Satellites spot the biggest methane sources. (They’re not cows.)

New Scientist looks down from on high with Europe’s Tropomi satellite and finds clusters of climate-altering methane “super emitters” – places where the greenhouse gas is leaking out from petroleum facilities in the Turkmenistan, Russia, and the U.S.:

These ultra-emitters were spotted pumping out more than 25 tonnes of methane an hour. That’s “a heck of a lot”, says Steve Hamburg at Environmental Defense Fund (EDF), a US non-profit organisation. Collectively, these contribute about 8 million tonnes of methane a year, about a tenth of the oil and gas industry’s total annual emissions for 2019-20.

Turkmenistan was the biggest ultra-emitter, releasing more than a million tonnes of methane between 2019 and 2020. Russia was second at just under a million tonnes, followed by the US, Iran, Algeria and Kazakhstan.

The US count is probably low because it excluded a major oil and gas region, the Permian basin, due to monitoring difficulties. By contrast to these countries, other major oil producing countries, including Kuwait and Saudi Arabia, had very few ultra-emitters.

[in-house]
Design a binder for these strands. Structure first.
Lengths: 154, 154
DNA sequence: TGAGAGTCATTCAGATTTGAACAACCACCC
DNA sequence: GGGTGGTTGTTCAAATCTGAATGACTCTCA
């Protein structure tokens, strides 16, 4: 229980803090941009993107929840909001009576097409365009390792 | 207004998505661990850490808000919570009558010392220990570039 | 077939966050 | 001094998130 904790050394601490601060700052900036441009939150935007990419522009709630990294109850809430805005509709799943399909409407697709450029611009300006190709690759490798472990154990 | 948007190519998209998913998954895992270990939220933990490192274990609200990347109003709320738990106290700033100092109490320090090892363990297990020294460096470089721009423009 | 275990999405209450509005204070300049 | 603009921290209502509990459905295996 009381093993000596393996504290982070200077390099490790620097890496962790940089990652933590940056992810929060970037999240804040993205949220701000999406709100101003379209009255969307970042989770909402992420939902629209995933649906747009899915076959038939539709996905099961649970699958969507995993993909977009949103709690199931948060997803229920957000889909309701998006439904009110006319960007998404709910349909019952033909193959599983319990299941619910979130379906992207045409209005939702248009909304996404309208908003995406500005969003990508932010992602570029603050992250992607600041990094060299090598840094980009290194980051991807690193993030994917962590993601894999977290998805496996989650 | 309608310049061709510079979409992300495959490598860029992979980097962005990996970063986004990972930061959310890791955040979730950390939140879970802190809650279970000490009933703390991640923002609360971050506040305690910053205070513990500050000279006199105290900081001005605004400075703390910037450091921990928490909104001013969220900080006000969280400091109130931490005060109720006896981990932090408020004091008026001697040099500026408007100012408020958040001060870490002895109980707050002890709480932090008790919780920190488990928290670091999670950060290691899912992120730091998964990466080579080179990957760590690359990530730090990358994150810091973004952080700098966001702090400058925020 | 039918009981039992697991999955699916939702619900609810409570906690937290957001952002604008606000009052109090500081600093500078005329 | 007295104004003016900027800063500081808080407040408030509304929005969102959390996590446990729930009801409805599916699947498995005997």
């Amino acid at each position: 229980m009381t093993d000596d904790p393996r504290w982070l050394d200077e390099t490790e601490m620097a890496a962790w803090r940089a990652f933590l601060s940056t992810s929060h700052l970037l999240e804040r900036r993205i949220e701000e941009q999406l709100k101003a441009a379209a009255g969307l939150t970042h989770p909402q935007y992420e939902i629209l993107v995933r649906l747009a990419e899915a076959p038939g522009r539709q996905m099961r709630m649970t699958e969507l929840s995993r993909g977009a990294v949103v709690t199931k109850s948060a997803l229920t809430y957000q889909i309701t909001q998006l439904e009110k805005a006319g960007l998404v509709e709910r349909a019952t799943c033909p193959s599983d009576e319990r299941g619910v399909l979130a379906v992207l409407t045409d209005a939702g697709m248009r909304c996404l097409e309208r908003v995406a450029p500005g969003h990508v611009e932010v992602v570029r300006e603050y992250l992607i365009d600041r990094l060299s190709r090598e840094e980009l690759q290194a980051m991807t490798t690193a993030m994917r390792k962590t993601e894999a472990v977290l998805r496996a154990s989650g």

Drew Shindell at Duke University in North Carolina, part of the team behind the analysis, says the big differences between countries gives hope that bad practice – where gas is released to the atmosphere for pipe repairs rather than pumped to another section of pipe – can be improved. “It shows if we put some effort in, we can have hardly any leaks or intentional releases that are large enough to be seen from space,” he says.

The study also found that ultra-emitting sites are releasing so much methane, which could be sold, that it should be cost effective to solve. For the six worst countries, tackling those plumes should cost up to $300 less per tonne than it would typically cost to reduce methane from oil and gas facilities in those nations. “Getting rid of these would be very inexpensive,” says Shindell.


You can read more about the methane-spotting research here, in Science.